Gameplay then has to take up the slack and luckily the tactical system is well developed. It’s not to a ‘Tactics Maiden’ level of strategy, but you will find yourself leading a group in traditional turn-based tactical combat through a selection of well developed scenarios which often evolve while the fight takes place as reinforcements arrive or goals shift. Allied characters can serve as NPCs and fight for either side, characters all have unique classes and skills (with the player choosing their own after the tutorial) and everything in-battle is easy to quickly glance at and understand. The game is paid, but also uses an energy system that implies that this wasn’t always the plan. Luckily this refills at one hell of a rate, often maxing out before you finish a battle, but it does come in handy for stopping the auto-battle option, which has the ability to re-run scenarios over and over again until it depletes, grinding significantly. I’m not a massive fan of auto-battle systems, but in this game energy is earned through combat that can be used to level up any character except the hero (who does so through fighting) and these party members cant exceed the max level of the player character, meaning that grinding the hero is essential to victory in later levels. It’s gated behind having to ‘perfect’ a level before this option unlocks too, which means you have to actually play the game properly first. Characters can also be assigned jobs to earn money while you’re away from the game to receive when you return, and you can evolve characters and their skills by fusing multiple ‘hero stones’ together, these being multiple copies of the same character card. Several additional systems for abilities (both passive and combat based) are also in place, and you can reset areas of the map to re-grind them for their first-time completion rewards once a day, making for some interesting concepts that sadly never get explained too well in-game.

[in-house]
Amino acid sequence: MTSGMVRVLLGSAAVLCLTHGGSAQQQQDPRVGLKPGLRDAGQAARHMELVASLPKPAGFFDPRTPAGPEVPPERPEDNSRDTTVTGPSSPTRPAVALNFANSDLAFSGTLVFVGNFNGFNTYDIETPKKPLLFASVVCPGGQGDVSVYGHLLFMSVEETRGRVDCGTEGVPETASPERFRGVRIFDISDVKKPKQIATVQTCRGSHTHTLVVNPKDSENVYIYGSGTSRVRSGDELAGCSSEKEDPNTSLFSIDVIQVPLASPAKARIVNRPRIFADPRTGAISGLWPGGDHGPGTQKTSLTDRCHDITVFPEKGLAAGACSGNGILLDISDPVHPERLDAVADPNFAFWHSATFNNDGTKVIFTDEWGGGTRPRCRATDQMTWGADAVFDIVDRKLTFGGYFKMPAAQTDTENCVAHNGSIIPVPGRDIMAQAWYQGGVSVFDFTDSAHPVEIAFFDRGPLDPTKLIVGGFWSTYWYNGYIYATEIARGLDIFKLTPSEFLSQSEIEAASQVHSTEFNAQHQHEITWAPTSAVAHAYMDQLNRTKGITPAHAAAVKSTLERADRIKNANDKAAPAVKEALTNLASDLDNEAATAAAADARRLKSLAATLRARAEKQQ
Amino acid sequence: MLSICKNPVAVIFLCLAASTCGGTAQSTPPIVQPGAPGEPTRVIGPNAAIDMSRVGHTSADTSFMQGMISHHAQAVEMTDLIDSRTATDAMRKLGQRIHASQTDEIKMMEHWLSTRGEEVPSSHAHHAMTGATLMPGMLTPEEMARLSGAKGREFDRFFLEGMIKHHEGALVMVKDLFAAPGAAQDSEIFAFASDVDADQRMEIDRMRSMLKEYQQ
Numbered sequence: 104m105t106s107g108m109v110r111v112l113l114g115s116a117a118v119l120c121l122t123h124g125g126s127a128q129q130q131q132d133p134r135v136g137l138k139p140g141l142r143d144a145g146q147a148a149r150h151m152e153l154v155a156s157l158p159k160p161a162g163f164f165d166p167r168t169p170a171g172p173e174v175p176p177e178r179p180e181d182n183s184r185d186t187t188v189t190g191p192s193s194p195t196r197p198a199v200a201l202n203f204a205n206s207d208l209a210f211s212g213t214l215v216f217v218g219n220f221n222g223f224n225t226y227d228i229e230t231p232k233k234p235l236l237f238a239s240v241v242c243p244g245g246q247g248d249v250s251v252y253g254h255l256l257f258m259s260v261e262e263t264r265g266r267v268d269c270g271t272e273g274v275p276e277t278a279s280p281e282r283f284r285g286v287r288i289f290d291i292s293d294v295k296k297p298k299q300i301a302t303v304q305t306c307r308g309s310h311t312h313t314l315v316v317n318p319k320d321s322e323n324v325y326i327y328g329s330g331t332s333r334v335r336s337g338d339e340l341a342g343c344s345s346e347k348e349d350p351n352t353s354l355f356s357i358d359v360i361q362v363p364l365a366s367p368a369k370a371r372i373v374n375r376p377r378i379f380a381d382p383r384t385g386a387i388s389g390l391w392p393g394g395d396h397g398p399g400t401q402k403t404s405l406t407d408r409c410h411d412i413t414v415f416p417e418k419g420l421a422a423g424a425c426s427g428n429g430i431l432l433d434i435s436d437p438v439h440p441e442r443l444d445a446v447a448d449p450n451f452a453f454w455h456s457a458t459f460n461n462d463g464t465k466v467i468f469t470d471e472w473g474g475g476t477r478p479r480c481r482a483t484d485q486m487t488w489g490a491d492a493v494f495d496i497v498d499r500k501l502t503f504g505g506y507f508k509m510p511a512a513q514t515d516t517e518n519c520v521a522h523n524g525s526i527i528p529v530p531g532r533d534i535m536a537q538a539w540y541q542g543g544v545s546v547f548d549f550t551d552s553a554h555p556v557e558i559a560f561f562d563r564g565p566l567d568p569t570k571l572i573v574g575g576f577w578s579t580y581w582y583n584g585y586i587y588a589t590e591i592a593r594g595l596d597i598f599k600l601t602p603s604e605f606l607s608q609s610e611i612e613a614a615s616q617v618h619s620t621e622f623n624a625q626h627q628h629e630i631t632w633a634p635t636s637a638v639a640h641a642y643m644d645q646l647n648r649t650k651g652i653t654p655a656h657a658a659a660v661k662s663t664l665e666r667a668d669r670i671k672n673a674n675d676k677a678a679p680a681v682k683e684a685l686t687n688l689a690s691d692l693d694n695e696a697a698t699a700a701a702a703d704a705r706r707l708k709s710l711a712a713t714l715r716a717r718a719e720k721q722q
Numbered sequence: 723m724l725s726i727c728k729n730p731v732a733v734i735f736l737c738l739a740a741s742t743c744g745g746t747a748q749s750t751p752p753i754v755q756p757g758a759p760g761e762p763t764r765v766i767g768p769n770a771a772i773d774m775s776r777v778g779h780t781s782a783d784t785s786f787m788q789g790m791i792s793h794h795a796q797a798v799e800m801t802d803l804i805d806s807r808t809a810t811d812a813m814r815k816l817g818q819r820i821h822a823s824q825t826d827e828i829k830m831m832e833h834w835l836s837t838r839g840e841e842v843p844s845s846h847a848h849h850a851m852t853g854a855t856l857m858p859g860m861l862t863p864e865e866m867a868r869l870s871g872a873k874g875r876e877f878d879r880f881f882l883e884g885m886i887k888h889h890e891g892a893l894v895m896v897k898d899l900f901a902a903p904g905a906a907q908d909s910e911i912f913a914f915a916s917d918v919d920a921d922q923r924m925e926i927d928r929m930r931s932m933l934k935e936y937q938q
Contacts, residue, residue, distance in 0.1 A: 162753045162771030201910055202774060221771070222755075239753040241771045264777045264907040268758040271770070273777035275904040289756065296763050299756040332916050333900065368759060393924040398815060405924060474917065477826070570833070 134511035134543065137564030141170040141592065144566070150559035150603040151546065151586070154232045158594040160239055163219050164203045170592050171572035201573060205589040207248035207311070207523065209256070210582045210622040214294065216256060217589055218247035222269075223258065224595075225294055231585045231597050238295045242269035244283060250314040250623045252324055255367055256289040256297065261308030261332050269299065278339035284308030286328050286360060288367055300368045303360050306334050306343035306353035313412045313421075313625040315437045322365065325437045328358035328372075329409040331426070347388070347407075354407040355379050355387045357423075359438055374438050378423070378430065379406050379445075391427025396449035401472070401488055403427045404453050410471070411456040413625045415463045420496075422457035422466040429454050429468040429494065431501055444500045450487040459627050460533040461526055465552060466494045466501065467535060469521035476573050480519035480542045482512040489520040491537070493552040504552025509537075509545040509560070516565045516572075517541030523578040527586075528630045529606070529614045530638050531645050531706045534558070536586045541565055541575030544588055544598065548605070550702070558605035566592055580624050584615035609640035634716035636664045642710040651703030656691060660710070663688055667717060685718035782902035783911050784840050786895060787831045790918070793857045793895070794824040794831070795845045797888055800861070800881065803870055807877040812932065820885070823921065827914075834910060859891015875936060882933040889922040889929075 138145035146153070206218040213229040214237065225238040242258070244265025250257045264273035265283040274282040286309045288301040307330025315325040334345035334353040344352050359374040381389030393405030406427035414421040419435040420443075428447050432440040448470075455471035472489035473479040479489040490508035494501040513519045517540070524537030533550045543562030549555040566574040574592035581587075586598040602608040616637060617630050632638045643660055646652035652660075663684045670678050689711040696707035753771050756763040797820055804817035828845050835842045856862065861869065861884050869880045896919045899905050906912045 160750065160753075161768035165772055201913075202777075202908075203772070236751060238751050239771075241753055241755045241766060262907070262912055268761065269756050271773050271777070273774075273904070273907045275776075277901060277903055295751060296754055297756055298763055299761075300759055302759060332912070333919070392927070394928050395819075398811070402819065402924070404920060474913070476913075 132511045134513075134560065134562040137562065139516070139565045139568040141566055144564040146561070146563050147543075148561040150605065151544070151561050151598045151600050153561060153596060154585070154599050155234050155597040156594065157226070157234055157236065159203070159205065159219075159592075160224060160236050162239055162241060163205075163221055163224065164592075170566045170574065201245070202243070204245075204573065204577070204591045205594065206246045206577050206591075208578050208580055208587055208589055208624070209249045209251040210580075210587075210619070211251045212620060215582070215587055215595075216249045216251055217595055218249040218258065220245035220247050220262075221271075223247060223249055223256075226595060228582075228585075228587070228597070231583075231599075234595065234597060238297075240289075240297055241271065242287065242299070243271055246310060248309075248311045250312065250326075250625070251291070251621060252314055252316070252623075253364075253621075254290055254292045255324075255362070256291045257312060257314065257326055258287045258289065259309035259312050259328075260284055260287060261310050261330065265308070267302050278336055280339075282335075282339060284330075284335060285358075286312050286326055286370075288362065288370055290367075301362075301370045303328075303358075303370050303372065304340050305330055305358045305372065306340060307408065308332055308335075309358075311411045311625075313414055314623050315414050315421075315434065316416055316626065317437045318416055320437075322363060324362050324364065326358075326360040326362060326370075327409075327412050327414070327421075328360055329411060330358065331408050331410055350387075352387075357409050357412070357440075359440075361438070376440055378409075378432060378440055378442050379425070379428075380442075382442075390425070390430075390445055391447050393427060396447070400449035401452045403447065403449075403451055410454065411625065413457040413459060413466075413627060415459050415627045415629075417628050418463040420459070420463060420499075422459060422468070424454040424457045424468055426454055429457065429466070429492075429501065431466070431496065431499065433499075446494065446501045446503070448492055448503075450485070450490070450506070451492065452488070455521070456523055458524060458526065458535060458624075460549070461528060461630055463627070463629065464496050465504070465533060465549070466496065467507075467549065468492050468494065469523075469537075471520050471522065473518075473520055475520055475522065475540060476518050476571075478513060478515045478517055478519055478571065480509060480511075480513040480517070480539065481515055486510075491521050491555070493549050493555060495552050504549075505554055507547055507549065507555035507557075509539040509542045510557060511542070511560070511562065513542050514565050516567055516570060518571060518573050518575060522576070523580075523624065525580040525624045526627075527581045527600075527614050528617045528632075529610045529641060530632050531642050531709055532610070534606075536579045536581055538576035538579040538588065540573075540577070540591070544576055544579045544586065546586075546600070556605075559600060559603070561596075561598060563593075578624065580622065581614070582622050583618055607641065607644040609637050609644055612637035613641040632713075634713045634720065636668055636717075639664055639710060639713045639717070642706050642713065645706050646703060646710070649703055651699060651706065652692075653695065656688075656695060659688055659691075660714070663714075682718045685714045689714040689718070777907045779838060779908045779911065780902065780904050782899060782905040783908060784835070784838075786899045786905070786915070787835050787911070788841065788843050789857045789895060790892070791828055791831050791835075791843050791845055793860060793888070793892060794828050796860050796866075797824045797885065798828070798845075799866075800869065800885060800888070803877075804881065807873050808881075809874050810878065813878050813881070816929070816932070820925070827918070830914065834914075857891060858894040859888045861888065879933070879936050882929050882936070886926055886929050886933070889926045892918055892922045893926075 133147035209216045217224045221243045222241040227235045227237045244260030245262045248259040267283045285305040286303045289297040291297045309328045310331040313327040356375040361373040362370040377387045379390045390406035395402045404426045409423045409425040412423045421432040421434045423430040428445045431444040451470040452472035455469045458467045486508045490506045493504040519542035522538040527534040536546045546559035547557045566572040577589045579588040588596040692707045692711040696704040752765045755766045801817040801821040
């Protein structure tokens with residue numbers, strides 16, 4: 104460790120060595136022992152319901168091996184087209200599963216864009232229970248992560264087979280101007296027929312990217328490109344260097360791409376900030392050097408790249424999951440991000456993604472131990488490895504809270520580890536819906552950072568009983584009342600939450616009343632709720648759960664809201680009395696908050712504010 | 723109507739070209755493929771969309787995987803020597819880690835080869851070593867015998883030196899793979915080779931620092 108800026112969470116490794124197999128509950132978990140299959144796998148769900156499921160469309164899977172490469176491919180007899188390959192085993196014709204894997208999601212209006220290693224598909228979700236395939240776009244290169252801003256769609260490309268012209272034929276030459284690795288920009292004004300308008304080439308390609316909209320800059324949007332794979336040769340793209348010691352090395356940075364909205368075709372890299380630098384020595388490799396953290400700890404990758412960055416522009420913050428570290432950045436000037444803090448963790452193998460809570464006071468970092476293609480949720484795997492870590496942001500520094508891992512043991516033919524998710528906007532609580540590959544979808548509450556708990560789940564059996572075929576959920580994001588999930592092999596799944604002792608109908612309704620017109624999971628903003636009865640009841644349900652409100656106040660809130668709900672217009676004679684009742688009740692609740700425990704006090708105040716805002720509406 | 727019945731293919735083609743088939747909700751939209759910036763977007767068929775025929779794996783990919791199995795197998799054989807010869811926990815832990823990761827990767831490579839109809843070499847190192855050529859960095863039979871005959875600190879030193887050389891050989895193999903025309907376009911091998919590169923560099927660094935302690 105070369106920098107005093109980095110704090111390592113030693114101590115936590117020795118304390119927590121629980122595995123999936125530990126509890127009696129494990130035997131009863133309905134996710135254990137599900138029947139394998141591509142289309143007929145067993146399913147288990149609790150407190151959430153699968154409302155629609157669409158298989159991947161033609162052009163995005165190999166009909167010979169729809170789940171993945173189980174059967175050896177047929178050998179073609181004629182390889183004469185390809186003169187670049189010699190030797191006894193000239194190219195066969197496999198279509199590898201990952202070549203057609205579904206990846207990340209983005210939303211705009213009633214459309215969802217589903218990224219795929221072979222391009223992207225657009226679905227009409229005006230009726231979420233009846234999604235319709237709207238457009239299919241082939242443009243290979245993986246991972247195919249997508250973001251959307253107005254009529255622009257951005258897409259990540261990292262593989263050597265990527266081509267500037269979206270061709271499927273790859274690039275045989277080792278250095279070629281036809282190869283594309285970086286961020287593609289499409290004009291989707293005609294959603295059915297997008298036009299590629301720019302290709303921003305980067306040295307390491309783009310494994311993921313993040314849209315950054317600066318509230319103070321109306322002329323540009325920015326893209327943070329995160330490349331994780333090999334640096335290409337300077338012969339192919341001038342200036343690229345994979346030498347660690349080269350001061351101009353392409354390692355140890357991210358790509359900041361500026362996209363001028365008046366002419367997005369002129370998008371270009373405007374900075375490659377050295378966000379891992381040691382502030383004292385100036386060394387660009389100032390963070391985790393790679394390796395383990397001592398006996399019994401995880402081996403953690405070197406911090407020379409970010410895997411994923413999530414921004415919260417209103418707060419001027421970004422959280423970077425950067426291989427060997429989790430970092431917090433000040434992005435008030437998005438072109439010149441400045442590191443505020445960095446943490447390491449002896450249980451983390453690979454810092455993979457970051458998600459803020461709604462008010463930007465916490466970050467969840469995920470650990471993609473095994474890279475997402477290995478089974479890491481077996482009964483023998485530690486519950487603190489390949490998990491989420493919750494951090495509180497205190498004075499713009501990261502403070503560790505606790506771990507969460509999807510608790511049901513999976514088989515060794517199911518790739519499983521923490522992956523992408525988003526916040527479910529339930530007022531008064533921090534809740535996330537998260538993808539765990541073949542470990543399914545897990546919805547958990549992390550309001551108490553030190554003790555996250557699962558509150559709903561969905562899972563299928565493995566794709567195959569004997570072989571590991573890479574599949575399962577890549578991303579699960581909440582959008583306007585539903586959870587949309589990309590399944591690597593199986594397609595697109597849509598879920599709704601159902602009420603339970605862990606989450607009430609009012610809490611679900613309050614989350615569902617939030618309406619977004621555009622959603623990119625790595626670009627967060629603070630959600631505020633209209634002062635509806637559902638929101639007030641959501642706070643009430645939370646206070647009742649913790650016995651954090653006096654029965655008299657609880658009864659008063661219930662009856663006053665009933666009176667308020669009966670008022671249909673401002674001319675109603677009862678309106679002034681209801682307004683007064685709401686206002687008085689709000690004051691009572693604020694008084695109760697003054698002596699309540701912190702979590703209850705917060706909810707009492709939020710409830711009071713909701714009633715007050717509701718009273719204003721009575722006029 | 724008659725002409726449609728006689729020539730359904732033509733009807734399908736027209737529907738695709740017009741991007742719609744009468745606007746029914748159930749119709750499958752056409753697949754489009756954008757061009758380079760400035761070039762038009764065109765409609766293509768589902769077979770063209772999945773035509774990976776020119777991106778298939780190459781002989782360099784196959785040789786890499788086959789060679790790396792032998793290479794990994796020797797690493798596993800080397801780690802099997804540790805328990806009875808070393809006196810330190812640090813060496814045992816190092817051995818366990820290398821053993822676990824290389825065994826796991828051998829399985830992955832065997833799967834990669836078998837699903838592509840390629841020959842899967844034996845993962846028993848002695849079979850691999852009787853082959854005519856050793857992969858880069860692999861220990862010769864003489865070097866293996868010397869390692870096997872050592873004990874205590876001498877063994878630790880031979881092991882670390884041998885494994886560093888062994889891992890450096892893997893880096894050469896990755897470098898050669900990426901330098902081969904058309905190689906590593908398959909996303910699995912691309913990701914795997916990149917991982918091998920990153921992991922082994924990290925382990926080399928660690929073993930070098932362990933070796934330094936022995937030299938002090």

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Combat is actually quite good.

Ultimately this title won’t stay on your phone long after completing the main story once, let along the multiple difficulty levels the game wants you to try out past ‘normal’. The story isn’t memorable and has been butchered in translation, and the battle system has been bettered elsewhere. It does however have its charms and at times the combat can be deeply enthralling, earning it merits. For less than a pound I’d recommend this to people who LOVE Tactical RPGs only, and even then only after they’ve tried the best that the App store has to offer already.

Score 1